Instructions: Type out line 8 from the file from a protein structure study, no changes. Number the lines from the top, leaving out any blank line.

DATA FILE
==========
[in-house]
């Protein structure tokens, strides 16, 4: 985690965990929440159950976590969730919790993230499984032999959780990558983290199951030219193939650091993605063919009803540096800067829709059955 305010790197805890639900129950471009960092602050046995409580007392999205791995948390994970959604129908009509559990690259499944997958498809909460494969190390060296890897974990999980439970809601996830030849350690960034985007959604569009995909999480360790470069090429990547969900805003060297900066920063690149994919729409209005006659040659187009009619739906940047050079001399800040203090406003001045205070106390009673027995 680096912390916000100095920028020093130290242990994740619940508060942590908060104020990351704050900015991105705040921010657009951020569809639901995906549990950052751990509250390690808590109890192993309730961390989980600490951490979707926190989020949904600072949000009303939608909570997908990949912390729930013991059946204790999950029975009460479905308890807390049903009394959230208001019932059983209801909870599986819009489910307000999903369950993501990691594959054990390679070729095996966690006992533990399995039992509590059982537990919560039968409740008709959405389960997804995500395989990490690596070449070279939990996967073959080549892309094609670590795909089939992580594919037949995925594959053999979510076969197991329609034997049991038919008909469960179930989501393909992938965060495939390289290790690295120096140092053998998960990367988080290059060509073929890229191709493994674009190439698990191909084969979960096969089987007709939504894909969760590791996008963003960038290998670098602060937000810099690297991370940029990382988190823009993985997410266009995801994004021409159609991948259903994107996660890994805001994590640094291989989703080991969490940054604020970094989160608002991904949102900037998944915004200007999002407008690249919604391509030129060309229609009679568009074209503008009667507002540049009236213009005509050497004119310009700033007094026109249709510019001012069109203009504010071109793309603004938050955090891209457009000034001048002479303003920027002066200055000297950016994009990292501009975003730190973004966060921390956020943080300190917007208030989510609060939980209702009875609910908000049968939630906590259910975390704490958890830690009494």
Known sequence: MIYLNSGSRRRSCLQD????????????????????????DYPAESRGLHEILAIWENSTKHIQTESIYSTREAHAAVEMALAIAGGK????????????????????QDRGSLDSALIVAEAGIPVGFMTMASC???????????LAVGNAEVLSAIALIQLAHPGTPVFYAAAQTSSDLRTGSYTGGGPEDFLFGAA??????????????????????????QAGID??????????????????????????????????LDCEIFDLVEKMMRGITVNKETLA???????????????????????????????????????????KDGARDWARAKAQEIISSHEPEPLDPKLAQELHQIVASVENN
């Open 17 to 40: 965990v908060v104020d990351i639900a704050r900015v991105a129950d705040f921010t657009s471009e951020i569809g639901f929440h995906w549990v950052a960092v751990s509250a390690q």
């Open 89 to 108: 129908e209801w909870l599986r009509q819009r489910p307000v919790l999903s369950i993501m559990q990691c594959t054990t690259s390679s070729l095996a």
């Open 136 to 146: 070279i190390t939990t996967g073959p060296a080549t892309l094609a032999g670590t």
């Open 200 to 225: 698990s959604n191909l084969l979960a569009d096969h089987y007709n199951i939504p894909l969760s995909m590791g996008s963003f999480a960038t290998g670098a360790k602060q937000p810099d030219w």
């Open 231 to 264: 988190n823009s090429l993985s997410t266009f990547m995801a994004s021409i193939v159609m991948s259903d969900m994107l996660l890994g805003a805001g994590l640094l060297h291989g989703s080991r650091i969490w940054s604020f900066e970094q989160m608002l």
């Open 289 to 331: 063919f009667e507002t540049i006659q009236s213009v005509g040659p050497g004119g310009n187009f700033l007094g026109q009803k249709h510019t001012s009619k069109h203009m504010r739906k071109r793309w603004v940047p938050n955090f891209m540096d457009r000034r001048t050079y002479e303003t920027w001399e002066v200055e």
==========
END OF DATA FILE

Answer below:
């Open 231 to 264: 988190n823009s090429l993985s997410t266009f990547m995801a994004s021409i193939v159609m991948s259903d969900m994107l996660l890994g805003a805001g994590l640094l060297h291989g989703s080991r650091i969490w940054s604020f900066e970094q989160m608002l």